Sister Connie Driscoll
SISTER CONNIE DRISCOLL, co-founder of St. Martin de Porres House of Hope (now Southside Center of Hope), passed away in 2005 at the age of 72, but her legacy lives on in the thousands of women and children whose lives she touched and changed.
Before Connie Driscoll became Sister Connie, she was a sergeant in the Women’s Army Corps, a law school graduate and an entrepreneur. In her late 40s, she traveled to Chicago to visit nuns who had taught her at Loretto High School in Sault Ste. Marie, Michigan. In a later interview with the Chicago Reader, she said, “I just stayed because they showed me what was going on with the hungry. They convinced me that this was the place to stay and help. So, we opened a shelter and we’ve been here ever since.”
In 1983, Sister Connie co-founded St. Martin de Porres House of Hope with Sister Therese O’Sullivan. Two years later, she established a religious order, the Missionary Sisters of the Poor, and dedicated the rest of her life to caring for substance-addicted women and their children.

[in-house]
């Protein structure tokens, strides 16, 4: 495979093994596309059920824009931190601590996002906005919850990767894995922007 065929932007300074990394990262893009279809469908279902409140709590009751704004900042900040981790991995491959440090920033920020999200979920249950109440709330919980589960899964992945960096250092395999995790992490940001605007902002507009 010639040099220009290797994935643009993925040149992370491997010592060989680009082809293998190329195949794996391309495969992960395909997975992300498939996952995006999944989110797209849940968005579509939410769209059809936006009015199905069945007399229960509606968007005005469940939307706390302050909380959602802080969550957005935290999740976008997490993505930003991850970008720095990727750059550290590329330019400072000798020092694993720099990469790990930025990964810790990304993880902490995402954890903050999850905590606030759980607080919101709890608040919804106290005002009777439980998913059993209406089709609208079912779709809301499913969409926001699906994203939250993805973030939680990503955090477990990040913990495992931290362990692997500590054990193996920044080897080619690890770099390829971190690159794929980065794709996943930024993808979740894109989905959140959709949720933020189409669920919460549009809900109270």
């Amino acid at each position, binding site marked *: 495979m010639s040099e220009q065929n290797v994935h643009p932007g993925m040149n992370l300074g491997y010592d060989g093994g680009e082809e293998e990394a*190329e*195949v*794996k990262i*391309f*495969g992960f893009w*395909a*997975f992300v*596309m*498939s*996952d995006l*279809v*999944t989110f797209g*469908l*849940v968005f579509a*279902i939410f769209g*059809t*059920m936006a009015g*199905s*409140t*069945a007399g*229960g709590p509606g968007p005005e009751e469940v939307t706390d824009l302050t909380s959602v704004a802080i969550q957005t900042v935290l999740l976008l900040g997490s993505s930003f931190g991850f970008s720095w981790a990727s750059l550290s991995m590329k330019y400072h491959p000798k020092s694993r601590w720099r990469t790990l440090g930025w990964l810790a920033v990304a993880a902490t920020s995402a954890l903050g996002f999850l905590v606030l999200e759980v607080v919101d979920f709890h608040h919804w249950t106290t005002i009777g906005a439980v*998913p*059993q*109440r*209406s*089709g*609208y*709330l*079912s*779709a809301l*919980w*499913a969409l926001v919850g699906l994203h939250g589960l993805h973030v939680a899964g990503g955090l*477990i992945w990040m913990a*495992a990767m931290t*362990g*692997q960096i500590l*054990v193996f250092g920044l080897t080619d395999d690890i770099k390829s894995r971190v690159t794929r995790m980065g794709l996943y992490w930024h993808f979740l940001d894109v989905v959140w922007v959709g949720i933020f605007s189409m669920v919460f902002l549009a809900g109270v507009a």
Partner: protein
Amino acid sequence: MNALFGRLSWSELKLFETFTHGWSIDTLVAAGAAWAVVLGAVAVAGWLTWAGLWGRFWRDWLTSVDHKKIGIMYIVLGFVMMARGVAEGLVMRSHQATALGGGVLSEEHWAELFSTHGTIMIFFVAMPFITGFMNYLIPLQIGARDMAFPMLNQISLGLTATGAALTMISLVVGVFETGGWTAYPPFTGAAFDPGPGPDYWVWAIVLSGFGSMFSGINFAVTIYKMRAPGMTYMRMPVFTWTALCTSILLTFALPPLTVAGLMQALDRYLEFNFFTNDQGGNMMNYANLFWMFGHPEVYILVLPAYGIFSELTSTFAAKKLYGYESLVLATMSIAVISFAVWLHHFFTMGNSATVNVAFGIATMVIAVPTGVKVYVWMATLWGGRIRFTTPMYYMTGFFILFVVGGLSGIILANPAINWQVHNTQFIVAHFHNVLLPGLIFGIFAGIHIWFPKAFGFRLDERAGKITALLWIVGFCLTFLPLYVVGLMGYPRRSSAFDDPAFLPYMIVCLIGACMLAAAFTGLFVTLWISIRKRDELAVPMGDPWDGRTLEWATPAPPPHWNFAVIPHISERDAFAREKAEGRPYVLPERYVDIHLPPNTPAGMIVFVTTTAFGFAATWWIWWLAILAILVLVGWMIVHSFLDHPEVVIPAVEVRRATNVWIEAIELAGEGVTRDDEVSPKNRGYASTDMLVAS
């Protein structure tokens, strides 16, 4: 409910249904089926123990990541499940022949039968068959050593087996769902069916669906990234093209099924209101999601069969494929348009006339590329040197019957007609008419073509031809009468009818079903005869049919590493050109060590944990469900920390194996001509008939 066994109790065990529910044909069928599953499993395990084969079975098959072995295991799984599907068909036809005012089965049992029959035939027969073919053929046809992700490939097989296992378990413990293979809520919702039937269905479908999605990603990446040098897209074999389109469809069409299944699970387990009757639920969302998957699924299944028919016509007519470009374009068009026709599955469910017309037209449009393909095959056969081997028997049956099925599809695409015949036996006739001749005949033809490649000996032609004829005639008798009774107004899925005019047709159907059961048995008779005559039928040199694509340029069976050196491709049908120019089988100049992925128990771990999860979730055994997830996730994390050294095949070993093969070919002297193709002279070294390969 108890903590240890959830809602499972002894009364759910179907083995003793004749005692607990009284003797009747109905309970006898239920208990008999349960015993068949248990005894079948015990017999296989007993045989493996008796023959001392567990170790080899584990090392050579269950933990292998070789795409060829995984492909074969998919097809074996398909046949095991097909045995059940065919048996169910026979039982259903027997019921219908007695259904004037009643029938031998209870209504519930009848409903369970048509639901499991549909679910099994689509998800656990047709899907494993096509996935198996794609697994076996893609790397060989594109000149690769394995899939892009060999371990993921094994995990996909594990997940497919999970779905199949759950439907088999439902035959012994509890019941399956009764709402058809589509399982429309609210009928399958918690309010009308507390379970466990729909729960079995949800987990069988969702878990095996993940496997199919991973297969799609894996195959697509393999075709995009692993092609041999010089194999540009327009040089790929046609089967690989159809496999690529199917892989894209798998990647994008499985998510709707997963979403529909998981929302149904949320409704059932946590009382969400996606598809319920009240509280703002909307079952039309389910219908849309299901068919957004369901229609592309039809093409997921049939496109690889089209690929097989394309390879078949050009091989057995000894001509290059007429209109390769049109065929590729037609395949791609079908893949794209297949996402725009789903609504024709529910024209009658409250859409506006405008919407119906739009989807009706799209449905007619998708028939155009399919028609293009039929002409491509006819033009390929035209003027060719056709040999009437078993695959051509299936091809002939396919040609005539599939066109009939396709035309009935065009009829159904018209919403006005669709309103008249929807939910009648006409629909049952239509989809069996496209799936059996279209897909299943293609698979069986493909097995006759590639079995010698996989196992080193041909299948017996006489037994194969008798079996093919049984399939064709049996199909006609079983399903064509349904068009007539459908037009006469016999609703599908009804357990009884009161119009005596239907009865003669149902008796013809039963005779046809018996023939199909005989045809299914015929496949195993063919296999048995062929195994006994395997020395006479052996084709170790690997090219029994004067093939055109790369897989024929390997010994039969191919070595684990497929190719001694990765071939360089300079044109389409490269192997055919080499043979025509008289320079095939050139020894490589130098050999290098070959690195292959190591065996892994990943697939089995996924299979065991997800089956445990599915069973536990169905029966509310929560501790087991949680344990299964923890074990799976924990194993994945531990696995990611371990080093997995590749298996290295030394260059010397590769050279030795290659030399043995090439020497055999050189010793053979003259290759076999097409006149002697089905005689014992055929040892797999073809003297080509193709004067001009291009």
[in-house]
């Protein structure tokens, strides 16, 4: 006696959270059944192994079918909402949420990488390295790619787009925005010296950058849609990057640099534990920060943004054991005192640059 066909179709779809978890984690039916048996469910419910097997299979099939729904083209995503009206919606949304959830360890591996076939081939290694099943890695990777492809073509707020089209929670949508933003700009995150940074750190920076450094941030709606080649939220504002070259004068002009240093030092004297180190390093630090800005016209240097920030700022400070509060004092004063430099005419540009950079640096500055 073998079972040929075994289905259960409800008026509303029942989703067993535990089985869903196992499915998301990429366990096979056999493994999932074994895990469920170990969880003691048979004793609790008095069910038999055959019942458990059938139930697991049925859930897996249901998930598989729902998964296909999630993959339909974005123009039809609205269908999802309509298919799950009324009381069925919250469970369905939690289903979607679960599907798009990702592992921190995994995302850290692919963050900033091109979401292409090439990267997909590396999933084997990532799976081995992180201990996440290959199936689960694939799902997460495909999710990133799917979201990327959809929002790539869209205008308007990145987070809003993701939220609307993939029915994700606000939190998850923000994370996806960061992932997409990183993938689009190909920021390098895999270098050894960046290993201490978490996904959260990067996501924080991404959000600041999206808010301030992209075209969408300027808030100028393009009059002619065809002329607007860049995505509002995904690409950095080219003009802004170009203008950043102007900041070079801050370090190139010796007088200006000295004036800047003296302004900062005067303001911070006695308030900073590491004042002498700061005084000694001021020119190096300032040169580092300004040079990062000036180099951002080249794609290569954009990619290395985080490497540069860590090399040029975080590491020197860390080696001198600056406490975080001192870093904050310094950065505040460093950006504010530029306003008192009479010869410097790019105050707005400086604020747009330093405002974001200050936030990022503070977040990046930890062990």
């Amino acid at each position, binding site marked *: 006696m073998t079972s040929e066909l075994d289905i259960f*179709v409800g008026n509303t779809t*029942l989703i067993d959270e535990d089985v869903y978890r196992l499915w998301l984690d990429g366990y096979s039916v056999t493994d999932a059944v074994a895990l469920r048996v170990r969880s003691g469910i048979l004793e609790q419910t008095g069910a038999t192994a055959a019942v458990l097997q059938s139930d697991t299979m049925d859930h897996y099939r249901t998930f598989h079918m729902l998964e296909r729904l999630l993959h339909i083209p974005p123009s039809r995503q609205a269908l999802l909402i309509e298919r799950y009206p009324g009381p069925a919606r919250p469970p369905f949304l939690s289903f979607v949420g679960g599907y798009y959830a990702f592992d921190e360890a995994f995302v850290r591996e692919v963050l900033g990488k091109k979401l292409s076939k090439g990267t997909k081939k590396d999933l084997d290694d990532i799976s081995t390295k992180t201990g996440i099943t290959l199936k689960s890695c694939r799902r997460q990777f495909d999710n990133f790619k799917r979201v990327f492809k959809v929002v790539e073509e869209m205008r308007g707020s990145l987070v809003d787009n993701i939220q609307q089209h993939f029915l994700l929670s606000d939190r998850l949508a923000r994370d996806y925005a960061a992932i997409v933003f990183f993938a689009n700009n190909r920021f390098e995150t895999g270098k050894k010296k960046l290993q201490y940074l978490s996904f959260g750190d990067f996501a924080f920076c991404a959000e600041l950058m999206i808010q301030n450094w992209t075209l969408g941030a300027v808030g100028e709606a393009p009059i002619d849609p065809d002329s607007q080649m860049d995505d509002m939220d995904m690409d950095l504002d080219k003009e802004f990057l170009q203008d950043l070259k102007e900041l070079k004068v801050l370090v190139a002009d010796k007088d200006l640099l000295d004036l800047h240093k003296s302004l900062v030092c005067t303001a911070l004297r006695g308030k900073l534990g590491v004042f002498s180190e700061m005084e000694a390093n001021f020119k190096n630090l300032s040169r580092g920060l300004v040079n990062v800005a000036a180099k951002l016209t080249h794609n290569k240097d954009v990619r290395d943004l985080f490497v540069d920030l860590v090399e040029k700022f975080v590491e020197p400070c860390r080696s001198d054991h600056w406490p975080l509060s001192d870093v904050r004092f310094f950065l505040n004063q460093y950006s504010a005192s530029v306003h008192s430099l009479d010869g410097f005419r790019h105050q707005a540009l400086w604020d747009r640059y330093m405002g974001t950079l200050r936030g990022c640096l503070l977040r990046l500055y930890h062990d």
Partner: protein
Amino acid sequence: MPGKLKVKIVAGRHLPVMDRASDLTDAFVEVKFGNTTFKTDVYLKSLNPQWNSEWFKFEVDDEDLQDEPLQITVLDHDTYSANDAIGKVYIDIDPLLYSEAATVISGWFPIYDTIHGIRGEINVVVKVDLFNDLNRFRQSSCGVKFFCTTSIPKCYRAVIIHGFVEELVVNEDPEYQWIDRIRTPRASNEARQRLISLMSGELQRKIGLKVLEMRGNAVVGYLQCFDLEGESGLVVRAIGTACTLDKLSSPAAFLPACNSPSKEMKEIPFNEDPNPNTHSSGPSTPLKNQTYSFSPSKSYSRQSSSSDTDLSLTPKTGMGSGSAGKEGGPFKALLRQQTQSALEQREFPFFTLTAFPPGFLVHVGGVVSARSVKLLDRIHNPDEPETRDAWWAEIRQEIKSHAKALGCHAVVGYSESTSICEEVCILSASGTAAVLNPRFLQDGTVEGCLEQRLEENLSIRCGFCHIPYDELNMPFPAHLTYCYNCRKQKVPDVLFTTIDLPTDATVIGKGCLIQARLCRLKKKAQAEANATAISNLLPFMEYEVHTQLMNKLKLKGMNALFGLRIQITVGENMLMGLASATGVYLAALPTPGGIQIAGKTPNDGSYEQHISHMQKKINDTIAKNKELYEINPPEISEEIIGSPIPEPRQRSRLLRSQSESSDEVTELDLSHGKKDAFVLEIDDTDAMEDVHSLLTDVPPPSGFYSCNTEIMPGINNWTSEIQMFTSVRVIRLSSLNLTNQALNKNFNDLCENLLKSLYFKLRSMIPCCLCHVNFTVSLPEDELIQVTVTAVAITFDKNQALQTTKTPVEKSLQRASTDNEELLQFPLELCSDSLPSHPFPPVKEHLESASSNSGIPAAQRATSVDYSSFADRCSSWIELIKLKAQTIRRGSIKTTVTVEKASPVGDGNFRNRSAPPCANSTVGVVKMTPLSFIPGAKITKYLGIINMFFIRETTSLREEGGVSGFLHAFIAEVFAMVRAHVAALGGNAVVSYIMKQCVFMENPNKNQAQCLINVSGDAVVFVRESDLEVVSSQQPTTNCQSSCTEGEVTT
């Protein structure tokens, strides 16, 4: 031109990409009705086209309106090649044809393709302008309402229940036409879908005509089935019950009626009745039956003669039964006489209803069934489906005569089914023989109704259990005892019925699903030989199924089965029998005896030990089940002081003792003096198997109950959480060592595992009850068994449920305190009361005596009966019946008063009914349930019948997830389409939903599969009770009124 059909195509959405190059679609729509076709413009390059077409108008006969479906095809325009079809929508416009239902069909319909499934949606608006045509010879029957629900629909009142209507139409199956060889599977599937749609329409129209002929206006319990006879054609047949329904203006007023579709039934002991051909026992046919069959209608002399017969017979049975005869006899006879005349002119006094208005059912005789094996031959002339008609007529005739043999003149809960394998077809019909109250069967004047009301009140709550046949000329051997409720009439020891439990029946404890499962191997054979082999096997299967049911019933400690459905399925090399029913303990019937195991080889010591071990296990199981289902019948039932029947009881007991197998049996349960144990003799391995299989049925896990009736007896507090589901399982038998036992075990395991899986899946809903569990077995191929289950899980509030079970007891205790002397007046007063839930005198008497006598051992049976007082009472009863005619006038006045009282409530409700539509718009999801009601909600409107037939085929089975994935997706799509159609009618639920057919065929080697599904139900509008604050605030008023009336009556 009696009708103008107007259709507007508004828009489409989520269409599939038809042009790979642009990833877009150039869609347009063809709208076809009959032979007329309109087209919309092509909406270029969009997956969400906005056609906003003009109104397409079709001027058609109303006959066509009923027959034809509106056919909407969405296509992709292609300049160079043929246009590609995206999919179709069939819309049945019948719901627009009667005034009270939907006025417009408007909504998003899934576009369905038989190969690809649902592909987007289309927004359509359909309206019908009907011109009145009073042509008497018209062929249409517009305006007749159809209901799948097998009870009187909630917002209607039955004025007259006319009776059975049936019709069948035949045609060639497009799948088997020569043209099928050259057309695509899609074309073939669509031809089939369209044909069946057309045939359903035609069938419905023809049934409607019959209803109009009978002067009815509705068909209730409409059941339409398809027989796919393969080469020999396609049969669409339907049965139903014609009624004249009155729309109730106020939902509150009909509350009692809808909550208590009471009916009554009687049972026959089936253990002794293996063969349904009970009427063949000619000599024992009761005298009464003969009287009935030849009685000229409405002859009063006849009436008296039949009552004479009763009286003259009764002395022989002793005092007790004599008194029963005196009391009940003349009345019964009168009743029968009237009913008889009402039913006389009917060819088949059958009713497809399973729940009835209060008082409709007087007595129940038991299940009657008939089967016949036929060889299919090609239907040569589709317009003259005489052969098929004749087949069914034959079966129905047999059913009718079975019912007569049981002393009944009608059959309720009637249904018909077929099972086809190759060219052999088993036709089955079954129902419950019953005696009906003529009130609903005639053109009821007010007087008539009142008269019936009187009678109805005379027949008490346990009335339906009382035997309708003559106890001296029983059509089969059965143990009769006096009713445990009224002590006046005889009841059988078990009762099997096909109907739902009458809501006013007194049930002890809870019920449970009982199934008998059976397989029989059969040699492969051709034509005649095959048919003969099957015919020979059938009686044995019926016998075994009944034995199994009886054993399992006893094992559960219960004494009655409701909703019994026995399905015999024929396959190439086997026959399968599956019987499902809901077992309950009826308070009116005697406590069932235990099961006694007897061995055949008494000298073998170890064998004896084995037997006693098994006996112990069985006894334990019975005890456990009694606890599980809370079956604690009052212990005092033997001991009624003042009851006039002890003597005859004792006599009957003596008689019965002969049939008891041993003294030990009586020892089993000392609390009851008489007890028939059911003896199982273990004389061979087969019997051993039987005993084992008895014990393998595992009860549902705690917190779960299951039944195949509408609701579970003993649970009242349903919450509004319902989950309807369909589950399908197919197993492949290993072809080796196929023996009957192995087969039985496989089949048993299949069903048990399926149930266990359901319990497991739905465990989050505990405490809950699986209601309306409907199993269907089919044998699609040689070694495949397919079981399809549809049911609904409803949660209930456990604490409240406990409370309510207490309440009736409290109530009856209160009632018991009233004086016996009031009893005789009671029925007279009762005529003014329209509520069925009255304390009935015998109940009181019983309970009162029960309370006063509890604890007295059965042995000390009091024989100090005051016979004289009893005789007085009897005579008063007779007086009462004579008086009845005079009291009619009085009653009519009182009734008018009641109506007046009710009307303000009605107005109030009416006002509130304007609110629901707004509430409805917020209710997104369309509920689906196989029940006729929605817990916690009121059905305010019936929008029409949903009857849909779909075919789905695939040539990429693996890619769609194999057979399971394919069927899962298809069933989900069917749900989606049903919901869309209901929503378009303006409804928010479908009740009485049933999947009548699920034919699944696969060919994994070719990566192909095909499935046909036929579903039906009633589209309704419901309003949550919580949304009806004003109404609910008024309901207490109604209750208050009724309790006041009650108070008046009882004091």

Inner Voice CEO Jackie Edens, Sister Connie’s longtime friend, said, “She believed you could accomplish anything as long as you were willing to focus and put your shoulder to the wheel.”
Sister Connie also believed in personal responsibility. Residents at the shelter-turned-recovery home were required to take care of themselves and work as a community of women.
As she told Forbes magazine in a 1997 interview, “They have to turn over 80 percent of their welfare check and 50 percent of their food stamps. I put the money and stamps into a safe-deposit box and return it when they’re ready to leave. We teach them to pay rent, utilities and food bills first, then prioritize what else they need. The word on the street is that ours is a tough house. The women always have somewhere to be: career or computer training, GED classes, Alcoholics and Narcotics Anonymous meetings or a job here in the house.”
Sister Connie worked tirelessly for St. Martin de Porres House of Hope through her final days. Upon her death, she left detailed instructions: “I wish to be buried in Chicago, so I can be close to my child. Since 1982, these have been the happiest years of my life. Please remember to give thanks to all who cared for me and made this possible. And always remember my family. You know my family has meant everything to me. All of my nieces and nephews, sisters, brothers, in-laws and extended in-laws. Therese, you have meant everything to me, and your spirituality has made me a better person.”
Learn more about Sister Connie’s life and legacy